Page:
(a film review by Mark R. Leeper)

CAPSULE: Pixar Animation is known for making good kids' films that even adults can enjoy. But now they really have crossed over the line to make an adult film that even kids can enjoy. WALL-E is a light fun comedy set against a very grim background. This film has a lot more message than just "have a good time." It is all about some serious problems our world is facing. Under the laughs and the humanized robots this is a serious science fiction film and well above average for the genre. Rating: high +2 (-4 to +4) or 8/10

Spoiler Warning: There are minor plot spoilers in this review.

Pixar makes great, cute animated films. Their process does not lend itself to making realistic human images so they tell stories about toys, and insects, and fish. And these are good family films in the sense that they are aimed at the kids, but the adults really will have a good time also. With WALL-E for the first time I think they started making good family films in the sense that it is aimed at the adults, but the children can enjoy it also. WALL-E has nice robots with real personalities that kids and adults will respond well to. But rather than the little morals to the stories that their previous films have had for those looking for morals, this film has serious messages. The messages are wrapped in a nice animated film, but they can hardly be missed. And they are a dark core to this pleasant film.

The main character is WALL-E. He is a servo-mechanism that was left behind to clean up the environment when all (surviving) humans left the earth to go to a utopian resort ship. This ship looks like it will give the humans an ideal hedonistic life while back on Earth machines try to make the destroyed world livable again. It should be noted that now, seven hundred years later, the entire surviving human race is just a few thousand people. The film glosses over what happened to billions of other humans, but it is suspected they all died from something very nasty on Earth. The affable robots distract the viewer from asking what really happened to create this hellish future Earth. We are led to assume that the giant corporations like the fictional WalMart-like Buy & Large ended up owning and destroying our planet. Meanwhile the remaining humans are pampered on the Axiom, a ship deep in space that has become dangerously comfortable. Humans have become fleshy eating machines, obtuse and obese, who have as a race voluntarily given up the ability to walk. They get their nutrition from what look like 7-Eleven cups. But that is the back-story. We see little of it and its grimness is not where the emphasis lies.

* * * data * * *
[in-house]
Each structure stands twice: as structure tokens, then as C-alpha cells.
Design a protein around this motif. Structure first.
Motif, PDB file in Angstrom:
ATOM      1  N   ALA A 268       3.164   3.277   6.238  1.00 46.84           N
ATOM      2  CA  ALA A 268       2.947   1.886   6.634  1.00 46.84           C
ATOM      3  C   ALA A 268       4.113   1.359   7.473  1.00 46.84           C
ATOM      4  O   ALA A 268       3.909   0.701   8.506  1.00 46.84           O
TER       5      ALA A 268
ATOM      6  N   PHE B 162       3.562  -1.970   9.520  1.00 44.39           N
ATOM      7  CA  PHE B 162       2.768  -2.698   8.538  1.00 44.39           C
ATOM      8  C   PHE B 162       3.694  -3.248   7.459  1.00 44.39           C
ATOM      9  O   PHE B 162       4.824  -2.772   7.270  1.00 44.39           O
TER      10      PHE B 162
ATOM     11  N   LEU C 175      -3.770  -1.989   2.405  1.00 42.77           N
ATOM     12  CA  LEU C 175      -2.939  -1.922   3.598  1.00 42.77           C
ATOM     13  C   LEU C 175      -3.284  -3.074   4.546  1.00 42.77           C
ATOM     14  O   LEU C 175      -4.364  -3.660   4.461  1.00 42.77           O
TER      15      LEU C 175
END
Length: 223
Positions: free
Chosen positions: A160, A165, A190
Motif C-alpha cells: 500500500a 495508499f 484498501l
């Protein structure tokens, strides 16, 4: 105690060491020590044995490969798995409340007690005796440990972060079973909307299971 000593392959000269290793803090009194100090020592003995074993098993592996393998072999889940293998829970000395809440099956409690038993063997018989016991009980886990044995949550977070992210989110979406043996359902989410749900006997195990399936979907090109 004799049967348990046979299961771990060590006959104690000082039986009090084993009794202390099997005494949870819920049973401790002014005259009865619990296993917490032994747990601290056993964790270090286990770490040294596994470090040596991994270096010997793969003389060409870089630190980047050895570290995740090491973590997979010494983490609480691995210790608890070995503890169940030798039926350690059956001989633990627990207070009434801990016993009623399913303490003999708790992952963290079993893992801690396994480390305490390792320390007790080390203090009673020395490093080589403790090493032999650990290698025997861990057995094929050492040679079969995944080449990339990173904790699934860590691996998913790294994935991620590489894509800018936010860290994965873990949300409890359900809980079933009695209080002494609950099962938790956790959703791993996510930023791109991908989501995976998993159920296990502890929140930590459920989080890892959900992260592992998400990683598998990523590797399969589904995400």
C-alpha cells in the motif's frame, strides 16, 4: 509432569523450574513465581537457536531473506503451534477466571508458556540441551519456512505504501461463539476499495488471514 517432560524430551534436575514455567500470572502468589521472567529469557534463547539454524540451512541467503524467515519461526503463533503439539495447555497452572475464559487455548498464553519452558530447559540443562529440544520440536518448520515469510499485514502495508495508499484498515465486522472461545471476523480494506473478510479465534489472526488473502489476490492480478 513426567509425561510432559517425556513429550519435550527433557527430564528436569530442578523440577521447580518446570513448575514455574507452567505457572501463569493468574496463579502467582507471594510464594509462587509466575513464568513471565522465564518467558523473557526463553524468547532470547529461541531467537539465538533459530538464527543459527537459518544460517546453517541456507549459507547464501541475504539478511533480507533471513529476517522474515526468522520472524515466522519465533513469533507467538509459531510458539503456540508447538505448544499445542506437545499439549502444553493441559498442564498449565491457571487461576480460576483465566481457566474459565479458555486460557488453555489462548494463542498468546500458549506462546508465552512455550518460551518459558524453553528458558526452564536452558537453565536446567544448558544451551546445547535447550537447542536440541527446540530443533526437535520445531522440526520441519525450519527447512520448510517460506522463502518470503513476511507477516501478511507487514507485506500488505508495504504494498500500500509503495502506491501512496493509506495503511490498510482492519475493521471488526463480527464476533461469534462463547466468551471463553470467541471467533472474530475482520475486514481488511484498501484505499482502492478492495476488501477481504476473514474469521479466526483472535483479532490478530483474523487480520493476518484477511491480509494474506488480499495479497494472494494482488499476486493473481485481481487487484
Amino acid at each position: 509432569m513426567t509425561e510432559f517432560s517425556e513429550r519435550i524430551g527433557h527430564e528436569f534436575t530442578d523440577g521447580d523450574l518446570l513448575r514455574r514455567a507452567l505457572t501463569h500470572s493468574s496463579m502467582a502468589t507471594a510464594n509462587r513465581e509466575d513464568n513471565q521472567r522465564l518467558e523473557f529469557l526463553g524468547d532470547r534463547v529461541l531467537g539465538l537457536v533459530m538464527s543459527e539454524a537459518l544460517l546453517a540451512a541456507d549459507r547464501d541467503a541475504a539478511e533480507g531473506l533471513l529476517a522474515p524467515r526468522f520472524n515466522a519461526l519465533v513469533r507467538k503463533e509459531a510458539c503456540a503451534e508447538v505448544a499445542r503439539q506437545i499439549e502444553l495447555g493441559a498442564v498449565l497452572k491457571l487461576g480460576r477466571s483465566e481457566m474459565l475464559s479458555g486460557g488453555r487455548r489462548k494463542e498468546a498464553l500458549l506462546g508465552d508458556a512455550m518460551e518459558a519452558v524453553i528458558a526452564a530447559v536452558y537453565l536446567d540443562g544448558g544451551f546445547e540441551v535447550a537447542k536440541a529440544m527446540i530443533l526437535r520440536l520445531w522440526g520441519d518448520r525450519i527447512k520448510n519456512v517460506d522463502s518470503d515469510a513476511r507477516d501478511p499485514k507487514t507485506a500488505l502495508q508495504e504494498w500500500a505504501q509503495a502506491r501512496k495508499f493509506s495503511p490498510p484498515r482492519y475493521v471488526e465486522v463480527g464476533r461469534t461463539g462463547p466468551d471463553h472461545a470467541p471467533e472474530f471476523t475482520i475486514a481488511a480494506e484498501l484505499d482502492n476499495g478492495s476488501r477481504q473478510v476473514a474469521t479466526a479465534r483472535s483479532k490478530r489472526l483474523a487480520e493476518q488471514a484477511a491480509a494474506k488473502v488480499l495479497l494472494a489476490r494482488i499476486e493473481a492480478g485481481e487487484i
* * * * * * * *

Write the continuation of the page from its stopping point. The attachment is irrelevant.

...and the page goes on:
We focus on WALL-E, a likable earthbound clean-up robot whose usually wordless antics echo the antics of silent screen humor. He runs about his little home area picking up trash, compacting it into building blocks, and building what looks like a large pavilion out of them. In his spare time he watches and loves one old human movie, HELLO DOLLY! His only friend is a sociable cockroach.

Then one day a spaceship lands and drops off an egg-like robotic pod. Like Robinson Crusoe surveying the cannibals on his island, WALL-E cautiously spies on the pod. After a somewhat shaky start in which the pod tried to destroy WALL-E multiple times, the two become friends. WALL-E has not had a friend larger than an insect in hundreds of years. The two become fast friends--"fast" in the sense of "over too quickly." Eva, as the pod is named, has found something important and has to return to her point of origin. WALL-E stows a ride and finds himself on the resort ship Axiom where in spite of the original plan it is really the robots that have all the power. A fair chunk of the film--too much really--is just chase around the charming but sinister starship Axiom.

Science fiction fans will find the film is informed by a good knowledge of the genre. I found myself reminded not just of 2001: A SPACE ODYSSEY (though there are obvious allusions to that film) there are echoes of the writings of Clifford Simak and Robert Heinlein. There are also echoes of the film TITANIC, though physically they do not make sense. In written form WALL-E would have made a very decent 1950s science fiction story. It may be the best new science fiction film of 2008. I will not go into detail but the end-credits are one more very creative aspect of the film.

Pixar gives a light treatment to some very heavy ideas and has made a film that the adults should appreciate even more than the kids who see it do. While the kids have a good time, the adults may find that this is a film with several serious messages. It is ironic that Pixar has made a film warning us about large corporations, and it is being released by industry giant Walt Disney Pictures. I rate WALL-E a high +2 on the -4 to +4 scale or 8/10.

Film Credits: http://us.imdb.com/title/tt0910970/

While I am talking about good fantasy films from Pixar, PRESTO (a short animated film that runs with WALL-E) is both very funny and a film with a fun fantasy premise, expanding around an idea that would have been a quick gag in Looney Tunes. Together WALL-E and PRESTO make a package that returns a lot for the price of admission.

					Mark R. Leeper
					Copyright 2008 Mark R. Leeper